Two rural congreagtions say they will vote to leave the Church of Scotland over possible further ordinations of lesbian and gay ministers. In truth, the landscape is changing, says Simon Barrow. Larger numbers may well stay or join the Kirk if it ends its rejection of same-sex relationships, than will leave for the same reason. The refuseniks are looking back, not forward.
The Church of Scotland has agreed to maintain a status quo precluding further ordinations of gay and lesbian clergy, while permitting local congregations to do exactly the opposite – if a suitably crafted church law can be agreed next year. That’s a big ‘if’, says Simon Barrow. As a statement of theological principle, this settlement risks looking a mess. In worldly terms it is classic coalition government. But it raises the key question as to whether the coalition can hold.
The Church of Scotland vote to allow civil partnered gay and lesbian ministers, despite no change in the official teaching on sexuality, shows that the drift towards accepting gay people in the Kirk is continuing, says Simon Barrow. Indeed, while seeking pastoral sensitivity towards their opponents, the advocates of change believe that full inclusion is now inevitable.
There are many important issues in public life right now, but for a large number of people in Scotland the future of football, the national game, is no small matter, says Simon Barrow. It is not just about sport, it is also about people, communities, hopes and dreams, culture and values. Put bluntly, who does (and who should) own a sport loved by hundreds of thousands? Whose interests are being served by the way it is presently being run?
Christians need to re-envision the meaning of the Cross in history and in our culture, such that we are equipped to go and do the Gospel that shapes us in a confused, broken, unjust and often violent world, says Simon Barrow. This will help us see that it is not true that the only ‘weapons’ at the Church's disposal are not the coercive ones wielded by our opponents. Rather, God’s cross points to the resources of suffering love that only the God of life can offer, because they are ‘beyond our means’ humanly, but not beyond divine gifting.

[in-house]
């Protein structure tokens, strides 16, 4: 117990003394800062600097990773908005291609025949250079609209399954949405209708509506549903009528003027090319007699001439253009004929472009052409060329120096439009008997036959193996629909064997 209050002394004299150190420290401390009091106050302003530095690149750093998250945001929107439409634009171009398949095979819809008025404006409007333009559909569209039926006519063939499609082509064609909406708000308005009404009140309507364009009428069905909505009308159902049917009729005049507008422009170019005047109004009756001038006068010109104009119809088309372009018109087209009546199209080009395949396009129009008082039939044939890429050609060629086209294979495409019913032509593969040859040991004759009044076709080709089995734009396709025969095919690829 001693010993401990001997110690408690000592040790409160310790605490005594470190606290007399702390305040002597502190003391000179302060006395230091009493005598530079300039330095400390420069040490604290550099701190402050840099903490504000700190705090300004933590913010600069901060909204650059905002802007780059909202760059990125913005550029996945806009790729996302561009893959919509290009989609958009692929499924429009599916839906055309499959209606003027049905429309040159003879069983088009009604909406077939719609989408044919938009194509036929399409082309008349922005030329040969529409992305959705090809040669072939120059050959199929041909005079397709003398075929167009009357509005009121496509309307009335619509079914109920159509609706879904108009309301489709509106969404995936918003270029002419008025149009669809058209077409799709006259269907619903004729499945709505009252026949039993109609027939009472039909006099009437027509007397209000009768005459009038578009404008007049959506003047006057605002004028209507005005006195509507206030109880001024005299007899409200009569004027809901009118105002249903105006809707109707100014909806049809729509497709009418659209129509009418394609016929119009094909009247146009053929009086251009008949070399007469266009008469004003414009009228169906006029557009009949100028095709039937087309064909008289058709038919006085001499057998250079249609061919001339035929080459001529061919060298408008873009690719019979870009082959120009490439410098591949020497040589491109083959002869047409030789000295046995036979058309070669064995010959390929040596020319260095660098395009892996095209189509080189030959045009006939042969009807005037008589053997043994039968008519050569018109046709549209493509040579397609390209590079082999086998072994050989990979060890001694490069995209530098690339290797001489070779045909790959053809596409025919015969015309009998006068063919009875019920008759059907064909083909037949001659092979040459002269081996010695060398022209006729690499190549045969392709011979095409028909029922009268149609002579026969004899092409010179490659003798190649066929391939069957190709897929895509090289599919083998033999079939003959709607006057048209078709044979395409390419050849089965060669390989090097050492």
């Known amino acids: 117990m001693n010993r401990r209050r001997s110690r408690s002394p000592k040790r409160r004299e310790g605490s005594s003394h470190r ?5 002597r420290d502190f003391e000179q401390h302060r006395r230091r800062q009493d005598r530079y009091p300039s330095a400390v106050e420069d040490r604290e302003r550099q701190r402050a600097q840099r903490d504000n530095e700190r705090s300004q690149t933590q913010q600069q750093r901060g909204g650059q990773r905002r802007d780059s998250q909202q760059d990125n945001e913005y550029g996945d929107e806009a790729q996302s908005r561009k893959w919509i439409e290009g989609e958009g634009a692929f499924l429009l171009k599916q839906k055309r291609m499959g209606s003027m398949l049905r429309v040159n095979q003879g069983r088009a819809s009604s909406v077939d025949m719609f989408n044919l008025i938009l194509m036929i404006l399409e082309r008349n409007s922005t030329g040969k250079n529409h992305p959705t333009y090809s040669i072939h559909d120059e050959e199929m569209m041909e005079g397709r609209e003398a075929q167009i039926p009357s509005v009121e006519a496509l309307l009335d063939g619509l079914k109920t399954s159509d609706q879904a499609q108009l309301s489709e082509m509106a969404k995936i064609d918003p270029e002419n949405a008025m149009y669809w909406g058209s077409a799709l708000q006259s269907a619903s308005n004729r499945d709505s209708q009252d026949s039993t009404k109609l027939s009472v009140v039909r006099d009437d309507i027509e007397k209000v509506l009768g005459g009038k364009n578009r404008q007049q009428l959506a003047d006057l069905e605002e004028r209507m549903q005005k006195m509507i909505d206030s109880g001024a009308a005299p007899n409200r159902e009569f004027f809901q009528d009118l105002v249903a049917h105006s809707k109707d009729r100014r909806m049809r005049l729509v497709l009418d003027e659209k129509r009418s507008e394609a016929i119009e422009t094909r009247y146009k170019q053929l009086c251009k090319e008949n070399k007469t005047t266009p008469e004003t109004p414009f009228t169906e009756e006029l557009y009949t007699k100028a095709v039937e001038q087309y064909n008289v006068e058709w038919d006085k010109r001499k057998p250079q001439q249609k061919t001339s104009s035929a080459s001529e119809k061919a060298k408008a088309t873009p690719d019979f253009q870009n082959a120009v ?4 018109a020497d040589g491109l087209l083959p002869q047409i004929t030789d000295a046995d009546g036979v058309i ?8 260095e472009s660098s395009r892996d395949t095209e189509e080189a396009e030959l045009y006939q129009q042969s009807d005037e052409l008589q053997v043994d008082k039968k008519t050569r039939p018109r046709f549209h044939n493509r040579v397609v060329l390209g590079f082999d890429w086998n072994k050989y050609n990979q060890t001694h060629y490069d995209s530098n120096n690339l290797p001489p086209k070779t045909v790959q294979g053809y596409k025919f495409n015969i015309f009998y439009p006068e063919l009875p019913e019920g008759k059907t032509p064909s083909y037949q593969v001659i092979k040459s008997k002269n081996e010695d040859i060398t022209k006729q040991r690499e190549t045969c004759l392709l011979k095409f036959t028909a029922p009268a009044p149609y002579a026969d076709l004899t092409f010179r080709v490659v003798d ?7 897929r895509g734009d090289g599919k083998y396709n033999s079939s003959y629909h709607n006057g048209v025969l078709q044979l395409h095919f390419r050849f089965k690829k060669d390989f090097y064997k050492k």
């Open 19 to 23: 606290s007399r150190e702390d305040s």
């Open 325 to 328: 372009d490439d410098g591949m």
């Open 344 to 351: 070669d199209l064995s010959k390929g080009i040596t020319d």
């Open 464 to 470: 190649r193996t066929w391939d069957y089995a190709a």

When Pope Francis first emerged into the blinking glare of global publicity, most people had little idea who he was, says Simon Barrow. The initial attempts to fill the media void with headlines, soundbites and images still leaves us bereft of deeper understanding. We need time to grow that, and to realise that it is the fruits of action rather than heated rhetoric that will get us closer to the complexity of truth.
This week (20 January 2013) the thinktank Demos (“ideas and action to promote the common good”) has published its report Faithful Providers, which argues that faith-based organisations should be used more as public service providers. Simon Barrow offers an initial response, highlighting some of the problematic assumptions and stances within the report, setting out the background to successive government's interest in co-opting faith providers, and pointing towards a more radical Christian stance which roots service in a tradition of modelling and advocating a different social order based on justice and equality.
The assertion that “those at the top and those at the bottom are being hit hardest” by the government's austerity policies suggests a misleading equivalence, says Simon Barrow. In reality it is those with least who are being punished most.
Setting the Church of England free would be in its own interests, says Simon Barrow, as the disestablishment debate rears its head again following the General Synod debacle over women bishops. The Christian religion’s claim to truth and authority resides neither in state nor market, but in systems of belief and community which it should be capable of developing through bodies that are part of civic society.
Judging from the volumes of media coverage and online comment the goings on at this week's General Synod have generated, popular nerves have definitely been touched. But of what kind and to what effect? Simon Barrow explores the case for establishing the independence of church and state, in this article looking at the issue primarily in terms of societal pluralism, but noting the theological concerns which are actually central to the case Ekklesia wishes to make for disestablishment.